You know how our minds work. We often enough “rationalize that certain
things are permissible, when they’re (really) not” (as Ramchal puts it)
and so we partake of them, then brush aside nagging doubts and guilty
feelings. But the truth be known, those may be the self-same things that
will come back to bite us in the end. For, as our sages taught, "The ve ry
sins that people dash under their heels (i.e., walk past without a
thought) are the ones that surround them at the time of judgment" (Avodah
So we’d all do well to be careful.
But it’s frankly very, very hard being so meticulous. For, while “obvious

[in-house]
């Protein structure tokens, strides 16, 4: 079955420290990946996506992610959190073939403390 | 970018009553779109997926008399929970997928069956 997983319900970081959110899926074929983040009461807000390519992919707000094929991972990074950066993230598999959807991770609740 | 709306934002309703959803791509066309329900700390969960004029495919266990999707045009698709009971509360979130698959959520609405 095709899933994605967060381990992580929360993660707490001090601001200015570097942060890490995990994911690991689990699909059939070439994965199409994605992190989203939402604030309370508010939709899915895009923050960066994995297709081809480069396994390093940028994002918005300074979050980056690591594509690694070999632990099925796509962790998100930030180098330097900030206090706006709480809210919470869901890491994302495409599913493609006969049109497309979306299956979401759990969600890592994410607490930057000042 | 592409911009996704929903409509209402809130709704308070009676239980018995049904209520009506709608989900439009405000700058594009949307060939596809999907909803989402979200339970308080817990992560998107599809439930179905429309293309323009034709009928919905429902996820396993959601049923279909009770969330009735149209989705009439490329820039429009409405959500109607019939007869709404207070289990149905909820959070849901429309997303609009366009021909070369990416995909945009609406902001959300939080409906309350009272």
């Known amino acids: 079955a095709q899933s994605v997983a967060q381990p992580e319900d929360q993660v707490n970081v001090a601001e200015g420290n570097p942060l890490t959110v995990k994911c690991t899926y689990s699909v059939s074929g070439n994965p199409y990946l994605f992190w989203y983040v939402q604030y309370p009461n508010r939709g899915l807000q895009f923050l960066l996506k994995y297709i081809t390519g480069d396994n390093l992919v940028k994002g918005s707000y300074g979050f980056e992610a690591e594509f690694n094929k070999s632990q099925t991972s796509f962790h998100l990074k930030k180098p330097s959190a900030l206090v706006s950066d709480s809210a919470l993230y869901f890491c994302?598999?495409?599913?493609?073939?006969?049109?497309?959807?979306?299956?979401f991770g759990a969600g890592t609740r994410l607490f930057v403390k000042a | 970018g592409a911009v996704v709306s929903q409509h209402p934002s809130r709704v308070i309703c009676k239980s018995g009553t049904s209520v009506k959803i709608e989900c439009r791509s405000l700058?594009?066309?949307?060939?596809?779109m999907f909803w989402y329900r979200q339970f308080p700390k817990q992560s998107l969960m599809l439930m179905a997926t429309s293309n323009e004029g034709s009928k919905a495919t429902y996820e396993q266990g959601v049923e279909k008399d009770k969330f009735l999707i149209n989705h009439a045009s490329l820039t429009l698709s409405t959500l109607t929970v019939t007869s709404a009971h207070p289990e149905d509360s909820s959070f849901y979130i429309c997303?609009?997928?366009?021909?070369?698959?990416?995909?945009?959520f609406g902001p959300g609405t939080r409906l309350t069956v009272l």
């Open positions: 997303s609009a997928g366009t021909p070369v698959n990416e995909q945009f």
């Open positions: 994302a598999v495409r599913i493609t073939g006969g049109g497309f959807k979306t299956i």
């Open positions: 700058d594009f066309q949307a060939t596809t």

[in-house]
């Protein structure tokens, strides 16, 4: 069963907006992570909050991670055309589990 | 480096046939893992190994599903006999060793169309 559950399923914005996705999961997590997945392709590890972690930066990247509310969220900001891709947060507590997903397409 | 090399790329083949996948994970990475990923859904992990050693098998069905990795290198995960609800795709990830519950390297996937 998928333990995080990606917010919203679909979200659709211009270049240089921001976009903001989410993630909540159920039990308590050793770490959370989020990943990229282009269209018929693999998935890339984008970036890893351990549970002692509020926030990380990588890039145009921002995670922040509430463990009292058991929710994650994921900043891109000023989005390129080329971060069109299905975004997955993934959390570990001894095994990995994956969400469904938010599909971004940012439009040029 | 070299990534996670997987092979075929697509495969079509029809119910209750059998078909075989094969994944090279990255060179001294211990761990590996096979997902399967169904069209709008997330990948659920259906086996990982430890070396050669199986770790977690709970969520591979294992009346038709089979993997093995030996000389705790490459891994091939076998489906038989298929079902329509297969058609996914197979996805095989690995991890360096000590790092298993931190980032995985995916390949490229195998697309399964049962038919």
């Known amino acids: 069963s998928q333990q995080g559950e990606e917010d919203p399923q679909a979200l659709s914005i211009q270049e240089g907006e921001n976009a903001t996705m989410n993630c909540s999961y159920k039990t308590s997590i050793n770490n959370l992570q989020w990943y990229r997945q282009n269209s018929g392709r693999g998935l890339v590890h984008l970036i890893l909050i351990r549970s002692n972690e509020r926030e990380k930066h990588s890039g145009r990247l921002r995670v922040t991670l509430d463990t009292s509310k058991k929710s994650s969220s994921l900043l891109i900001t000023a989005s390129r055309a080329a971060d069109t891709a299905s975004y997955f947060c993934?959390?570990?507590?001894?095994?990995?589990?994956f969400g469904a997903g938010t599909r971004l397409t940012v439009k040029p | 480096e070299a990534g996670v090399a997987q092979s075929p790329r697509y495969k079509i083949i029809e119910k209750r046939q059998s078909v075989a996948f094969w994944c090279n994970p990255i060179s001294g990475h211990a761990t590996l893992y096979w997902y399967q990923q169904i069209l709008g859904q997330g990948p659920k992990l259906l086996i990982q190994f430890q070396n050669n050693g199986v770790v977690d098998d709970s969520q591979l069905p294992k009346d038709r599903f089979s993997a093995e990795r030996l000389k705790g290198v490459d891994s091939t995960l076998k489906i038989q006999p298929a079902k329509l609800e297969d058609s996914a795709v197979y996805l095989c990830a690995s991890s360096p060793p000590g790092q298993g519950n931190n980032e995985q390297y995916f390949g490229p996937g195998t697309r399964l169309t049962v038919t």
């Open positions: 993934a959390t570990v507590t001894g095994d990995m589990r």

and well-known sins are easy enou gh to avoid” when you’re honest with
yourself, still and all “the kind of meticulous scrutiny required
for ‘innocence’ is hard to come by” Ramchal points out, and it challenges
even the greatest souls.
For, there are some very subtle things at work here which touch on the day
to day conflict we’re all embroiled in having to do with our wish on one
hand to grow in our beings, and our concurrent fantasies about getting our
hands on everything we can in the world at the same time.
Ramchal concludes this chapter by acknowledging, “in truth, it’s very
difficult to foster this trait” since “our natures are weak, our hearts
are easily swayed”. So, the sort of person who actual achieves “innocence”
will have “proven himself to have withstood temptation and to have been
victorious in a mighty war”.
And he then leads us on to the next and longest chapter in The Path of the
Just, which touches on some very important, practical dilemmas.